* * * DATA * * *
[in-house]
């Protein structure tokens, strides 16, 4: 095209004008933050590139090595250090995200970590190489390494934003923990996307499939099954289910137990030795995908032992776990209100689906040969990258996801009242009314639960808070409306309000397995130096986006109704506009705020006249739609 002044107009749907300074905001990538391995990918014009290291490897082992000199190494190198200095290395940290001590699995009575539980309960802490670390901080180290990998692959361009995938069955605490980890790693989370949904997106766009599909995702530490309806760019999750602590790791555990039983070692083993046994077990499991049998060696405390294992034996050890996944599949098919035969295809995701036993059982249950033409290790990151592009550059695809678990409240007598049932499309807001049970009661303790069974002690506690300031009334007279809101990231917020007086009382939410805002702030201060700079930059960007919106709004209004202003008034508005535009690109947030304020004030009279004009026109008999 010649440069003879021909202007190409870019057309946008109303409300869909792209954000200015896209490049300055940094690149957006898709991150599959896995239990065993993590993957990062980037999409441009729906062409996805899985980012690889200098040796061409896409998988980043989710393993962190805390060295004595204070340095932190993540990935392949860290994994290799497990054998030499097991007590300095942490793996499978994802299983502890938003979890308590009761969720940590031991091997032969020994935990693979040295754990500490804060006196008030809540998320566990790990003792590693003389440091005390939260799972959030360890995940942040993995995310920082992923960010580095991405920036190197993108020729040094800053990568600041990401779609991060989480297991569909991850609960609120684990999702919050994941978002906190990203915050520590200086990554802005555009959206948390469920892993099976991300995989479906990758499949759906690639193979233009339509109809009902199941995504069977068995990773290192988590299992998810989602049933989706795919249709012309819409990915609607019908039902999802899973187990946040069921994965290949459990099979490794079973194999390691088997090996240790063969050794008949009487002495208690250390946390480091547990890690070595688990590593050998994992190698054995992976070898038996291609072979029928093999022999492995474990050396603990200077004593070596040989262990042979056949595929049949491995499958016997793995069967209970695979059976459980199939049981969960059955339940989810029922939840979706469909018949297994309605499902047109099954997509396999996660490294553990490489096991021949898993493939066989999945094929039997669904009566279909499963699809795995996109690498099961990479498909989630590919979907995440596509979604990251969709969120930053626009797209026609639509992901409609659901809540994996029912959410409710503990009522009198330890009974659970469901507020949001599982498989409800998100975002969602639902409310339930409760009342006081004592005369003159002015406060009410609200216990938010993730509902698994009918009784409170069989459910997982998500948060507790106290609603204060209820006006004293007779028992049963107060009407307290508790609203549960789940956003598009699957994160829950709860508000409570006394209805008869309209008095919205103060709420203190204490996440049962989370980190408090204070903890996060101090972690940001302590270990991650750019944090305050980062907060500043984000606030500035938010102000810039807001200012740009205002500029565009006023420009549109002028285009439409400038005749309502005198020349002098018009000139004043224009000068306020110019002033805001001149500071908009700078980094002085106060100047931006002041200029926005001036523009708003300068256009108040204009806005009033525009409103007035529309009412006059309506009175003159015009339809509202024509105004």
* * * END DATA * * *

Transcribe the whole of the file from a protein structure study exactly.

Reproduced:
[in-house]
């Protein structure tokens, strides 16, 4: 095209004008933050590139090595250090995200970590190489390494934003923990996307499939099954289910137990030795995908032992776990209100689906040969990258996801009242009314639960808070409306309000397995130096986006109704506009705020006249739609 002044107009749907300074905001990538391995990918014009290291490897082992000199190494190198200095290395940290001590699995009575539980309960802490670390901080180290990998692959361009995938069955605490980890790693989370949904997106766009599909995702530490309806760019999750602590790791555990039983070692083993046994077990499991049998060696405390294992034996050890996944599949098919035969295809995701036993059982249950033409290790990151592009550059695809678990409240007598049932499309807001049970009661303790069974002690506690300031009334007279809101990231917020007086009382939410805002702030201060700079930059960007919106709004209004202003008034508005535009690109947030304020004030009279004009026109008999 010649440069003879021909202007190409870019057309946008109303409300869909792209954000200015896209490049300055940094690149957006898709991150599959896995239990065993993590993957990062980037999409441009729906062409996805899985980012690889200098040796061409896409998988980043989710393993962190805390060295004595204070340095932190993540990935392949860290994994290799497990054998030499097991007590300095942490793996499978994802299983502890938003979890308590009761969720940590031991091997032969020994935990693979040295754990500490804060006196008030809540998320566990790990003792590693003389440091005390939260799972959030360890995940942040993995995310920082992923960010580095991405920036190197993108020729040094800053990568600041990401779609991060989480297991569909991850609960609120684990999702919050994941978002906190990203915050520590200086990554802005555009959206948390469920892993099976991300995989479906990758499949759906690639193979233009339509109809009902199941995504069977068995990773290192988590299992998810989602049933989706795919249709012309819409990915609607019908039902999802899973187990946040069921994965290949459990099979490794079973194999390691088997090996240790063969050794008949009487002495208690250390946390480091547990890690070595688990590593050998994992190698054995992976070898038996291609072979029928093999022999492995474990050396603990200077004593070596040989262990042979056949595929049949491995499958016997793995069967209970695979059976459980199939049981969960059955339940989810029922939840979706469909018949297994309605499902047109099954997509396999996660490294553990490489096991021949898993493939066989999945094929039997669904009566279909499963699809795995996109690498099961990479498909989630590919979907995440596509979604990251969709969120930053626009797209026609639509992901409609659901809540994996029912959410409710503990009522009198330890009974659970469901507020949001599982498989409800998100975002969602639902409310339930409760009342006081004592005369003159002015406060009410609200216990938010993730509902698994009918009784409170069989459910997982998500948060507790106290609603204060209820006006004293007779028992049963107060009407307290508790609203549960789940956003598009699957994160829950709860508000409570006394209805008869309209008095919205103060709420203190204490996440049962989370980190408090204070903890996060101090972690940001302590270990991650750019944090305050980062907060500043984000606030500035938010102000810039807001200012740009205002500029565009006023420009549109002028285009439409400038005749309502005198020349002098018009000139004043224009000068306020110019002033805001001149500071908009700078980094002085106060100047931006002041200029926005001036523009708003300068256009108040204009806005009033525009409103007035529309009412006059309506009175003159015009339809509202024509105004």